HD 162826

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HD 162826
Observation data
Epoch J2000      Equinox J2000
Constellation Hercules
Right ascension 17h 51m 14.02204s[1]
Declination +40° 04′ 20.8772″[1]
Apparent magnitude (V) 6.55[1]
Spectral type F8V[1]
Proper motion (μ) RA: -16.86[1] mas/yr
Dec.: 11.01[1] mas/yr
Parallax (π)29.76 ± 0.36[1] mas
Distance110 ± 1 ly
(33.6 ± 0.4 pc)
Absolute magnitude (MV)3.92
Mass1.15 M
Radius1.11 R
Surface gravity (log g)4.41 ± 0.03 cgs
Temperature6210 ± 13 K
Metallicity [Fe/H]0.03 ± 0.01 dex
Age4.5 Gyr
Other designations
2MASS J17511402+4004208, GSC 03093-01946, TYC 3093-1946-1, BD+40 3225, HD 162826, HIP 87382, HR 6669, SAO 47009, ROT 2503
Database references

HD 162826 (HR 6669)[1] is a star in the constellation Hercules. It is about 110 light-years (34 parsecs) away from Earth.[2][3] With an apparent magnitude of 6.46,[1] the star can be found with binoculars or a low-power telescope by reference to nearby Vega in the constellation Lyra.[4] It is 15% more massive than the Sun and is 3% more abundant in metals, making it likely to harbor terrestrial planets. It is very similar to the Sun; the Sun is a G2V star with a temperature of 5778 K and 4.6 billion years old while HD 162826 is a F8V star with a temperature of 6210 K, 4.5 billion years old, and is just 15% more massive than the Sun and 3% more abundant in metals.[5][6]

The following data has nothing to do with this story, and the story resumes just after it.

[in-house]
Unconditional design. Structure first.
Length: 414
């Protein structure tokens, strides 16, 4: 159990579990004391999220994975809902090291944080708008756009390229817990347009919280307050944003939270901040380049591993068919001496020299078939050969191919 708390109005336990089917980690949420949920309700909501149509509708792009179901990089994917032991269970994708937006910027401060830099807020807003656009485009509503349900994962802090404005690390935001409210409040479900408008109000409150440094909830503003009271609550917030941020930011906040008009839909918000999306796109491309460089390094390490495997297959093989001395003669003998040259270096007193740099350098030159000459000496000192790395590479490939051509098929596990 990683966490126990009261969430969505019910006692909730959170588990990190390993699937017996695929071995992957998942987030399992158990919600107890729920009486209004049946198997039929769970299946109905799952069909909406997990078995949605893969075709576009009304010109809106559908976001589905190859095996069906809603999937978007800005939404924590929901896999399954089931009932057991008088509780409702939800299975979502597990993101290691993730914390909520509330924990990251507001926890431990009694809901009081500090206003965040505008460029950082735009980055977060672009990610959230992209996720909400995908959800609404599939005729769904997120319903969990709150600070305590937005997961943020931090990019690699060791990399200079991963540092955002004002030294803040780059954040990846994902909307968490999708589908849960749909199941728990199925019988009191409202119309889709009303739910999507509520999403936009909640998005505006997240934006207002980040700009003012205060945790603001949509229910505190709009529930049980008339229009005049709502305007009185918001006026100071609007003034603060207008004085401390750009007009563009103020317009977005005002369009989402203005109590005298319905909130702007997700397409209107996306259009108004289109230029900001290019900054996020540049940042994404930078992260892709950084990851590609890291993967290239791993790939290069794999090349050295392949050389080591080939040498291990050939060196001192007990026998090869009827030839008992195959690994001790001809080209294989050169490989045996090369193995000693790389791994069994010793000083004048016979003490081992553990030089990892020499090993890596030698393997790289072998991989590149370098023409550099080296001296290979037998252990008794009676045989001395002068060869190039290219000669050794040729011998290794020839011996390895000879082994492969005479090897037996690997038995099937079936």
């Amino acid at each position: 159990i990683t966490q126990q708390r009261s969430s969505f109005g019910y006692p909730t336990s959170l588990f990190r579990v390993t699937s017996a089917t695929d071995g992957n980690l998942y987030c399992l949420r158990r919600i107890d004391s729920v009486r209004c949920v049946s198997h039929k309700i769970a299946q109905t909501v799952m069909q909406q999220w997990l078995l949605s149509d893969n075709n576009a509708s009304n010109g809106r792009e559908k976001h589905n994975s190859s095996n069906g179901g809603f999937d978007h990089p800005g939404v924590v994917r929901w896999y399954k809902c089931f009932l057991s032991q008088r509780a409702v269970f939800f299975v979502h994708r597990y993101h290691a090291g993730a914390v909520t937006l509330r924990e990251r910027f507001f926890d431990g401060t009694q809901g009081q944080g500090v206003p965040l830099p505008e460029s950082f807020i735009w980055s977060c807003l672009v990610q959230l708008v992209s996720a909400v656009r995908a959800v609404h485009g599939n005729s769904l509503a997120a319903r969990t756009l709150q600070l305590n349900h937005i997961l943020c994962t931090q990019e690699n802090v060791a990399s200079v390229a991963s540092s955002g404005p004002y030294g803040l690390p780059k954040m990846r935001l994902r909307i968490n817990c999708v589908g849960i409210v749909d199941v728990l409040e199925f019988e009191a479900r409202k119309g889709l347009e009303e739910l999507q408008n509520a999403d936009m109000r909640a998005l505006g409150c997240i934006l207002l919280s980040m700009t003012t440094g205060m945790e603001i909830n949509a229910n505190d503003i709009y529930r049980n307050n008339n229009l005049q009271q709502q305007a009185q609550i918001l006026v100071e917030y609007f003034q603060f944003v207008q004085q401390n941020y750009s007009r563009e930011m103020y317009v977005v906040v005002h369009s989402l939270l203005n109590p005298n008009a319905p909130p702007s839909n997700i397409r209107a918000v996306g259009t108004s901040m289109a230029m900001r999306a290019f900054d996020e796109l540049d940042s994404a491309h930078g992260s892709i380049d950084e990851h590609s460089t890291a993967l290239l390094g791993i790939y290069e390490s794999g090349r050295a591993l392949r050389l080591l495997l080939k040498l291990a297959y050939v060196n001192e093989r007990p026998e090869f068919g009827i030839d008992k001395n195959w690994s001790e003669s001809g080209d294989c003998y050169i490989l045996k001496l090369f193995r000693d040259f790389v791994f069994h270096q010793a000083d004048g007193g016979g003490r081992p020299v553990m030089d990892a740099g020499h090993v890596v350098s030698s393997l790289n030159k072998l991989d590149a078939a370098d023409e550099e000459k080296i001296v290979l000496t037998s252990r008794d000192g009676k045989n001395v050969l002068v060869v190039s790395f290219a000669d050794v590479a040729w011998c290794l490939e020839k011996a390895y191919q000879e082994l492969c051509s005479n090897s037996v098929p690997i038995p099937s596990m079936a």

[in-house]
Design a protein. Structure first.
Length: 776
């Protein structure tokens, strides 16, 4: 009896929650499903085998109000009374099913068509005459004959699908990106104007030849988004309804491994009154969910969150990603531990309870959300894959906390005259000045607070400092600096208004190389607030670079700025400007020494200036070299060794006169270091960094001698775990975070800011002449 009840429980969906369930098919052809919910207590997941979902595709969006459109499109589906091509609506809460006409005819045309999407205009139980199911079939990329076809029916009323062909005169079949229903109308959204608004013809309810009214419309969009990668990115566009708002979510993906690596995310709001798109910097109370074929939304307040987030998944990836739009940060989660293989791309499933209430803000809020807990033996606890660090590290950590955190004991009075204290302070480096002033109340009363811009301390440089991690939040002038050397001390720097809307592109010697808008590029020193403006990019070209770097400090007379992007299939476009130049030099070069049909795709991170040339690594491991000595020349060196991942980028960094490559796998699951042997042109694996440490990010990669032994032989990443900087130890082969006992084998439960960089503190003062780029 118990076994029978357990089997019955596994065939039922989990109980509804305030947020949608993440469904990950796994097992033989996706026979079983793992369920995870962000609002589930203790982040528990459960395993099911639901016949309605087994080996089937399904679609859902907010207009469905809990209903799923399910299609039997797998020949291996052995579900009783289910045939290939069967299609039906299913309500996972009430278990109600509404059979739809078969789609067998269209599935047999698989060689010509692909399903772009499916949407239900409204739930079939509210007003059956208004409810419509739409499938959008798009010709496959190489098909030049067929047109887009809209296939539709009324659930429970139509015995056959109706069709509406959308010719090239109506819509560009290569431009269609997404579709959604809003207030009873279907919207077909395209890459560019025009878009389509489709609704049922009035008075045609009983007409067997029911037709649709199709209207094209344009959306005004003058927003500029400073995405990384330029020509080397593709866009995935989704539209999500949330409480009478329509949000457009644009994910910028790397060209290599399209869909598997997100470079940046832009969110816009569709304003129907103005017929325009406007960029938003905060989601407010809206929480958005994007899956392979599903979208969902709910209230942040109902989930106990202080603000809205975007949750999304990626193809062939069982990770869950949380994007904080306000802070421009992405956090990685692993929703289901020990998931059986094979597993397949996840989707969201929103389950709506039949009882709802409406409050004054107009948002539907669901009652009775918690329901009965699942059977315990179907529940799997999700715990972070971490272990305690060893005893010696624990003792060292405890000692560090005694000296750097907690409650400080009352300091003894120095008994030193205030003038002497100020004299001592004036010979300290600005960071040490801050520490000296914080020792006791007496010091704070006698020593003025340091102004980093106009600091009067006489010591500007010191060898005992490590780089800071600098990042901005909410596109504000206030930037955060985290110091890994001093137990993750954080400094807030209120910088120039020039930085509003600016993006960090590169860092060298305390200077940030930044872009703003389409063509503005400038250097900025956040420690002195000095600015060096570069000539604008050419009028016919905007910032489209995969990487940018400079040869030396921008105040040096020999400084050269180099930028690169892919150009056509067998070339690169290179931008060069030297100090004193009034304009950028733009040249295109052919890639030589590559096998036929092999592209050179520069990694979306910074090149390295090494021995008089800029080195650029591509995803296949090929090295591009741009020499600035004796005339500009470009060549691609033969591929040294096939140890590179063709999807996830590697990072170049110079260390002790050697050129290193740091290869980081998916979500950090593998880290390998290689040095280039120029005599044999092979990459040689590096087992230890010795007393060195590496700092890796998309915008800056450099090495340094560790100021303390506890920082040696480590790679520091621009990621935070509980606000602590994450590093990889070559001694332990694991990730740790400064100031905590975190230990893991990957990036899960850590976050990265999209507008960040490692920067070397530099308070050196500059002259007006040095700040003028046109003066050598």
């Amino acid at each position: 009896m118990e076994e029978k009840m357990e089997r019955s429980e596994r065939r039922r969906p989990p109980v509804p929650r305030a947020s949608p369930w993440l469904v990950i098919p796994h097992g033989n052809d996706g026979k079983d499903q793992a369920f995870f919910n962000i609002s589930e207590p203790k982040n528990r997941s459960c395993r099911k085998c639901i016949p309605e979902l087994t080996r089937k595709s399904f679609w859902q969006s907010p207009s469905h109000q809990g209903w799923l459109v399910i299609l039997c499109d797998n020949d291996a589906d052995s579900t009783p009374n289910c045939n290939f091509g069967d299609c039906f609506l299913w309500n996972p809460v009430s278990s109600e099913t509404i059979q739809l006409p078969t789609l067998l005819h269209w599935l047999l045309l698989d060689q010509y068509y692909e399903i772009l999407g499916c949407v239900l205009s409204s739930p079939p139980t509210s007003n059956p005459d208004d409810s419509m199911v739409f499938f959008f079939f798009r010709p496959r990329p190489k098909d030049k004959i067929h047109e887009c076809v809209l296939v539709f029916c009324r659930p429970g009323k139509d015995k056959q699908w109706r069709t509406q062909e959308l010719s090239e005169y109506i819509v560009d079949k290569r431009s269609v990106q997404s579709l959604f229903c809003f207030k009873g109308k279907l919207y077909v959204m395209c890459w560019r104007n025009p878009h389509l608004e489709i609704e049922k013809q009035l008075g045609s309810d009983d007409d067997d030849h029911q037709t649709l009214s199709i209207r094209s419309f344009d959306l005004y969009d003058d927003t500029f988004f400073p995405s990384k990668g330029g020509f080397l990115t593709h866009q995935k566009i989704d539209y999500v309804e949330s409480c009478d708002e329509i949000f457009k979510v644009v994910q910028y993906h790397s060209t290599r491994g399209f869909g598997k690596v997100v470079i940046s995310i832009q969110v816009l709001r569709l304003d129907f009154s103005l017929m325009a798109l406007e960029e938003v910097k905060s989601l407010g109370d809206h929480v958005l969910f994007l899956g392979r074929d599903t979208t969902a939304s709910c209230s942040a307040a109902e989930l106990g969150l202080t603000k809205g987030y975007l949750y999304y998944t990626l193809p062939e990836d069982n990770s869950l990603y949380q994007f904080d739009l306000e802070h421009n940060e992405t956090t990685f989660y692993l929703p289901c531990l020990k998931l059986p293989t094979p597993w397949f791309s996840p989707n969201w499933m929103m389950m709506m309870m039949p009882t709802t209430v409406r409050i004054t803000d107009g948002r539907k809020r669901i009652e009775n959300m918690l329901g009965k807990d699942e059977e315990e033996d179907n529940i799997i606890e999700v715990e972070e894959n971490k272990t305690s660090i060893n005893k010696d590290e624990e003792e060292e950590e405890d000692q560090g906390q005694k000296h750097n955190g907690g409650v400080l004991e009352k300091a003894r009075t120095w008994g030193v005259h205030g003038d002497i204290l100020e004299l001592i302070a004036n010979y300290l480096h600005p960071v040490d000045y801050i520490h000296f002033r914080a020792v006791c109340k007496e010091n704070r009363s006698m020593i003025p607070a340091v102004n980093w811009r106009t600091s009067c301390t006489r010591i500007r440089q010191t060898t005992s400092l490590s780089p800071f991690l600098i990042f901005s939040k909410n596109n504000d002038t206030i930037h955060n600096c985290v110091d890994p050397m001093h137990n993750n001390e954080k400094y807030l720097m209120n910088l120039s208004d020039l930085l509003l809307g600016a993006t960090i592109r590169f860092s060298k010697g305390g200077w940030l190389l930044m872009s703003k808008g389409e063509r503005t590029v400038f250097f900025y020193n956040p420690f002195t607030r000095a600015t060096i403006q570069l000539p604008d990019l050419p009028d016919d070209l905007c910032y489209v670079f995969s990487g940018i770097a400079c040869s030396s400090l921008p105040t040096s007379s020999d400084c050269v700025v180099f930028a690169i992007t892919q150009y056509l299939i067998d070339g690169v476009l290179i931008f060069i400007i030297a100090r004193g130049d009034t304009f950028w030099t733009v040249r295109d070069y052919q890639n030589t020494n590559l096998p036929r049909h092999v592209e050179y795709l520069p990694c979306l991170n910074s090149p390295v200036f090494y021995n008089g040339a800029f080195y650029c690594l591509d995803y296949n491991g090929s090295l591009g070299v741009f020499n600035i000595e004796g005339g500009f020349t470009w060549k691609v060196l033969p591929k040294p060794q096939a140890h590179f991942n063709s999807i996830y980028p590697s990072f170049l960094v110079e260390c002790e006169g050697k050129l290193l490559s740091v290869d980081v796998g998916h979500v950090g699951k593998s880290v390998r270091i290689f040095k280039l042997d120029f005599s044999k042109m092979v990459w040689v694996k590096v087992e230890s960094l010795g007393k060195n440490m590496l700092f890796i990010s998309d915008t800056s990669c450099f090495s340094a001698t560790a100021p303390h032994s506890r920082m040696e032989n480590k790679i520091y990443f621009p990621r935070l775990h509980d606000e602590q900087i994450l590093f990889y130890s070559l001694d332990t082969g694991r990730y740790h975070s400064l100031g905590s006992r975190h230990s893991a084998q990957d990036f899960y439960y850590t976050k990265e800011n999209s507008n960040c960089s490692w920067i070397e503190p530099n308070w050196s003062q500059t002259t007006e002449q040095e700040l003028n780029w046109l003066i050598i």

The star is considered to be a stellar sibling of the Sun and is the first and only such sibling to be discovered.[7] Solar siblings are those stars that formed from the same gas cloud and in the same star cluster; the term was introduced in 2009.[8][9] It has no known planets, but due to its metallicity, it is likely to harbor terrestrial planets; the star's spectra had been under observation previously.[10]